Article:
In order to fight any further diffusion of COVID-19
, people are advised to be very cautious when meeting others, even outdoor. A distance of a meter or so
must be kept - and a face mask
(better if surgical) worn - in case of any personal encounters.
Milan and Lombardy are still at risk, though bars, restaurants, shops and even museums began reopening from June 3
. Schools started again on September 14. Yet, though we kept our fingers crossed, a new lockdown
has been enforced starting from November 5. This second lockdown has been partially lowered stating from Sunday, December 13.
Official news at the YesMilano
.:. Milan is not a movie industry capital. Rome is where all the movie sets are. Milan merely provides backgrounds for some excellent Italian films and, more often, the funds needed to finance them.
Perhaps it prefers to reminisce, looking back to 1946 when ICET (Industrie Cinematografiche e Teatrali) first came on the scene. In ten years ICET produced 50 films and close on 300 documentaries. Alongside adventure, comedy or opera movies of indifferent quality we find higyli regarded titles and directors: Marcel Cravenne's La danse de la mort (1948, with Eric von Stroheim) and André Cayatte's Nous sommes tous des assassins (1952). The most famous film from ICET was MiracoIo a Milano ('Miracle in Milan', 1951) directed by Vittorio De Sica and Cesare Zavattini, which was filmed entirely in the suburbs of Milan. The city is viewed with simplicity and lyricism - certainly one of the most affectionate portrayals of Milan ever to have been put on film.
.:. Director Ermanno Olmi adopts a more detached and critical outlook towards Milan. In the early 1960s he was taking his first steps in those same Milanese circles from which the Taviani brothers were later to emerge. Olmi's Il posto ('The Job', 1961) is a portrait of Milan's petit-bourgeois milieu, while Un altro giorno ('One Fine Day', 1968) describes the efficiency of the city's advertising world. He later portrayed with restrained nostalgia Milan's peasant countryside during the 19th century in L'albero degli zoccoli ('The Tree of the Wooden Clogs', 1978).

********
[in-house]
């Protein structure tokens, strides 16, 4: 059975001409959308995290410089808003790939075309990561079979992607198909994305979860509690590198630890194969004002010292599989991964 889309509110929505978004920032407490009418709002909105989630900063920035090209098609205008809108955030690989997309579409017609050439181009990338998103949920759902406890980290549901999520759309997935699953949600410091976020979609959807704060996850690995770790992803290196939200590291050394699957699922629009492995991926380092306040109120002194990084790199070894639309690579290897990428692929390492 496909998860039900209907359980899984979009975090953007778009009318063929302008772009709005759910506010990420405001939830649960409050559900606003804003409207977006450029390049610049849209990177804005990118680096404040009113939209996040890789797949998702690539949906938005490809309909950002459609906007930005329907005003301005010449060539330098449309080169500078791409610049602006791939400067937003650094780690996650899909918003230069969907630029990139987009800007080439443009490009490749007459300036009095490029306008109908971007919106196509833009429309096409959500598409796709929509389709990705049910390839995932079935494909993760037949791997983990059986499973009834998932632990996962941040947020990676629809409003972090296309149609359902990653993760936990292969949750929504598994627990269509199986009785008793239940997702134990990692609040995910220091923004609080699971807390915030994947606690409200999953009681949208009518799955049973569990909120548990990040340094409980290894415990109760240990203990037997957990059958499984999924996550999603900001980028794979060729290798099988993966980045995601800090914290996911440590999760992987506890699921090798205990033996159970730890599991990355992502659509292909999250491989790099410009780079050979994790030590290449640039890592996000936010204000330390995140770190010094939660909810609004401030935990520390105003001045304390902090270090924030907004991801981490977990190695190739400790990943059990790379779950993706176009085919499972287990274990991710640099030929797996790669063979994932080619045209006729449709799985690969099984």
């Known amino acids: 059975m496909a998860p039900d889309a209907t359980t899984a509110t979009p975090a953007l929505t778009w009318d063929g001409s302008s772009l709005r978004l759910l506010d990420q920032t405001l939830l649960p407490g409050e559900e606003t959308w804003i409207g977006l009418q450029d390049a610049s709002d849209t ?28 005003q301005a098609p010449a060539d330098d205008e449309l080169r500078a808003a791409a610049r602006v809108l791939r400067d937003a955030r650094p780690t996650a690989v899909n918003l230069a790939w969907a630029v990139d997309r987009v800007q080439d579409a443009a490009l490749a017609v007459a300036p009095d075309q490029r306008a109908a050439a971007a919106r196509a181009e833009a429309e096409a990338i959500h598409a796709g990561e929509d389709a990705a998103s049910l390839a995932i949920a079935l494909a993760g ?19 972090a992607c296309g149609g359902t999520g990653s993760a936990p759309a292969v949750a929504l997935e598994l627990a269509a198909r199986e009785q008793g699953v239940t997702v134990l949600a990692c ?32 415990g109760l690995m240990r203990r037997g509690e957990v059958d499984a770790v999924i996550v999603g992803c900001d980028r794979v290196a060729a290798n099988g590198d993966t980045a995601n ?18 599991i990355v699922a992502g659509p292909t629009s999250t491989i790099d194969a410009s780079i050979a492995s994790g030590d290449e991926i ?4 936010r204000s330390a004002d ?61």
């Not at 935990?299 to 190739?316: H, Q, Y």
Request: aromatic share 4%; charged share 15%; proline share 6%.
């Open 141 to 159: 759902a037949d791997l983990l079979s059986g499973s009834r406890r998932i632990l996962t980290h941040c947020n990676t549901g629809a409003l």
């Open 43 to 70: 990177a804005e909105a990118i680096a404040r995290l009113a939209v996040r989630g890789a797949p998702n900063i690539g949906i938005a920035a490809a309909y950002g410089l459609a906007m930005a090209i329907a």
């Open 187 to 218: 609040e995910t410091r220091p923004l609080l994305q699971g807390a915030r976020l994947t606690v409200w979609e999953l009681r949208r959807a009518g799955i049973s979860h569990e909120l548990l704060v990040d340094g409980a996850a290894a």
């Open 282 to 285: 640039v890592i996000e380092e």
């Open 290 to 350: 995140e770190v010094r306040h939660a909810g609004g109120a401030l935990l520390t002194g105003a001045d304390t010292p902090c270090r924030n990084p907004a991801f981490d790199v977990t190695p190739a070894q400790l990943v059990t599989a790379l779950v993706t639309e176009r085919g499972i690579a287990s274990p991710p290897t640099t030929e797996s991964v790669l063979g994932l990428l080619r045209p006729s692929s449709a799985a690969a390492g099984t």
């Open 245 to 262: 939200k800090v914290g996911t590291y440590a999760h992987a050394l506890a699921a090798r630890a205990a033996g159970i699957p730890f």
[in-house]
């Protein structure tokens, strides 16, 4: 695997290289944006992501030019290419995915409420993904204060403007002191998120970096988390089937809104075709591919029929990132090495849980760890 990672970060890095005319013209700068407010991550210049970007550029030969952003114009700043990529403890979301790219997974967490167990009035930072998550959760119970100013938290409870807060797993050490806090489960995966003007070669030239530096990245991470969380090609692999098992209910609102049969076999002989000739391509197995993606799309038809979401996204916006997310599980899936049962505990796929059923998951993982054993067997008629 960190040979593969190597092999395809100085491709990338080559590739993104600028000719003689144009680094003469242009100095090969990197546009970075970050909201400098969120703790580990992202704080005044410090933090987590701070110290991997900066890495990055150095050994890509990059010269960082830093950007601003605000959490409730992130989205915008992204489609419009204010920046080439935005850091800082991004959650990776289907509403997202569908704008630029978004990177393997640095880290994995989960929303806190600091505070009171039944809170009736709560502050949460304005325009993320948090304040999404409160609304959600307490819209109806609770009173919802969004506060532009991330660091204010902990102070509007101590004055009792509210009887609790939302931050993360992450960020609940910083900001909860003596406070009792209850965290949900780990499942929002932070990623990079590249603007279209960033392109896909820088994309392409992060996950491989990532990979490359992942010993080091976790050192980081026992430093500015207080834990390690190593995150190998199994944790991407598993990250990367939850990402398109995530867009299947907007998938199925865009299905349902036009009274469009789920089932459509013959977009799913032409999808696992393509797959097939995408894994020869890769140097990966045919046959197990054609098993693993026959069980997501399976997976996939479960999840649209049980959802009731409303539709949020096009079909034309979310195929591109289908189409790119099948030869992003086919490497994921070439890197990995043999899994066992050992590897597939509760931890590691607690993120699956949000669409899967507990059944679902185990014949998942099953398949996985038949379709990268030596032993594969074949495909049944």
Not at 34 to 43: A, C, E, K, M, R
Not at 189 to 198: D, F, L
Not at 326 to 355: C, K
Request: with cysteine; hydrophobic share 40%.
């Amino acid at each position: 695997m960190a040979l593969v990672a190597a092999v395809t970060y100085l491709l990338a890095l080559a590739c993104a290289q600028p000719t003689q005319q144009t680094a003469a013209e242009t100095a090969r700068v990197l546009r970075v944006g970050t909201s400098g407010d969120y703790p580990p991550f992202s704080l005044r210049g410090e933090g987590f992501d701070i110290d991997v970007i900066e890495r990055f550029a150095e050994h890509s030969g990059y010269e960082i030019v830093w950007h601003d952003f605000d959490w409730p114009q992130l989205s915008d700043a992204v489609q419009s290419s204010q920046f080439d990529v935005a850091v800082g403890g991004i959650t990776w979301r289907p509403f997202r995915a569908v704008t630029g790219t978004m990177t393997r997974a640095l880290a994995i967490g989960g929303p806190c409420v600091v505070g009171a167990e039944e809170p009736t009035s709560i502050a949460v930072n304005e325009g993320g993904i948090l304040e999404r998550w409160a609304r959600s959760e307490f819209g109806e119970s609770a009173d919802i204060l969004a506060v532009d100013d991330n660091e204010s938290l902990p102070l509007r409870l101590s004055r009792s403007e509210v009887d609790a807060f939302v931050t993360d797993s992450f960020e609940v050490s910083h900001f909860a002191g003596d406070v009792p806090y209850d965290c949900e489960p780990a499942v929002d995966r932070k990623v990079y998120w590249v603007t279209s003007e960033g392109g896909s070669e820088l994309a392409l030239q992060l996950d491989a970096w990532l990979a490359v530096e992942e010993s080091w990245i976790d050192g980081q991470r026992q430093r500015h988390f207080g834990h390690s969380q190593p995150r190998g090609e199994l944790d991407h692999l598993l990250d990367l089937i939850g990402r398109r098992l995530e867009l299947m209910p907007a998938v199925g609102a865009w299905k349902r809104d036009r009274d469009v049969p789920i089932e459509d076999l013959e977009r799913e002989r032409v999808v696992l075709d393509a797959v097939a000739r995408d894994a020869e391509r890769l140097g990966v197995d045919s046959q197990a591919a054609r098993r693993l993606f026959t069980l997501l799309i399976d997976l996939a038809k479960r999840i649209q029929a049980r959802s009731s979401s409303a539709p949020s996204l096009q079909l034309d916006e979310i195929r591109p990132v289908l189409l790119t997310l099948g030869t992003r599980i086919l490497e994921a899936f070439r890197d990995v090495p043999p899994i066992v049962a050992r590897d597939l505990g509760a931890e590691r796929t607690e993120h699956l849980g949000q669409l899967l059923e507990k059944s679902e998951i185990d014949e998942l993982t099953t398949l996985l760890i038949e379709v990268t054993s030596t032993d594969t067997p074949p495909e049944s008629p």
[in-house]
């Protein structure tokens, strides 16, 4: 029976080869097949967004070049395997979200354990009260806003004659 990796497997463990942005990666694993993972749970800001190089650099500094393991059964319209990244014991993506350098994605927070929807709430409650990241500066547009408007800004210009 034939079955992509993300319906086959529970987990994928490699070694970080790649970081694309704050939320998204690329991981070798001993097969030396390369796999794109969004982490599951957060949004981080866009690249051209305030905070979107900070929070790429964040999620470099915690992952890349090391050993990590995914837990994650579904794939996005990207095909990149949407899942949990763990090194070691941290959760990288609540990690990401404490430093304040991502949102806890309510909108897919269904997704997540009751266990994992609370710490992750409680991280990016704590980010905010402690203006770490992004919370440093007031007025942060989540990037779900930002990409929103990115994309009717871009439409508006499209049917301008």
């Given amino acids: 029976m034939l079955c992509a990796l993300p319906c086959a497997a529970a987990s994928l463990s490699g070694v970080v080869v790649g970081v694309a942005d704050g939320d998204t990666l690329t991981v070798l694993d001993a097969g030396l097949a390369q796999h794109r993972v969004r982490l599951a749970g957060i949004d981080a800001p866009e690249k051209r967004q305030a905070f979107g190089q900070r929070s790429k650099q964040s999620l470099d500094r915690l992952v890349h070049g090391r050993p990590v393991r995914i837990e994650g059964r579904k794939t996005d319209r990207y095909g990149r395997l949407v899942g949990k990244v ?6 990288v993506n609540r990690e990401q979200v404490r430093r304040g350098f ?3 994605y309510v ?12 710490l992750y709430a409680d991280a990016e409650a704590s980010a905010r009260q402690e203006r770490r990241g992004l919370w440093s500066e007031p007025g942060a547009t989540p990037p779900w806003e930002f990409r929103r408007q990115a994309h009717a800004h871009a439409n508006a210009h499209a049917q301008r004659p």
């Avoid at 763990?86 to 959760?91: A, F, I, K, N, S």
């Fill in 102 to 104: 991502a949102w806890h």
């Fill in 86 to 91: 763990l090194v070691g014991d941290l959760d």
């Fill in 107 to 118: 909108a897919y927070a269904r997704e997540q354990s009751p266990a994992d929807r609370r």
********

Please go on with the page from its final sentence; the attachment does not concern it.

.:. Michelangelo Antonioni chose Milan as the set of Cronaca di un amore ('Story of a Love Affair', 1950) and La Notte ('The Night', 1960, with Marcello Mastroianni, Jeanne Moreau and Monica Vitti), the second chapter of his existential trilogy.
.:. Milan was also portrayed in a few but lovely sequences as the background of a drama in Roberto Rossellini's Il Generale della Rovere (1959). It was the social setting for tragedies in Carlo Lizzani's Banditi a Milano (1968), it was viewed as a rather unconventional town for its time - the 1930s - in Mario Camerini's Gli uomini che mascalzoni (1932), and finally it was at the center of a political intrigue tied to the Resistance Movement in Aldo Vergano's Il sole sorge ancora ('Outcry', 1946).
.:. Black-and- white film suits Milan's ambience, as the documentaries by Luigi Comencini or by Guido Guerrasio prove. Perhaps the loveliest Milan, the most tragic and lyrical, certainly the most unforgettable for the Milanese themselves, is the slightly squalid city portrayed by Luchino Visconti in Rocco e i suoi fratelli ('Rocco and His Brothers', 1960). This film pays homage to a Milan that no longer exists, that of the suburban fields around the Fiera.
.:. At the present time there is no dearth of talented young directors in the Milan area. The new-generation directors have proven their talents. Particularly worth mention are Maurizio Nichetti's disarmingly comic estro in Ratataplan (1979) and Ho fatto splash (1980), Gabriele Salvatores's ironic complicity with people running away from the horrors of life (Mediterraneo, 1991, 1992 Oscar for best foreign film) and Silvio Soldini's subtle but 'political' handling of his characters' individual stories (L'aria serena dell'Ovest, 1990; Le acrobate, 1997).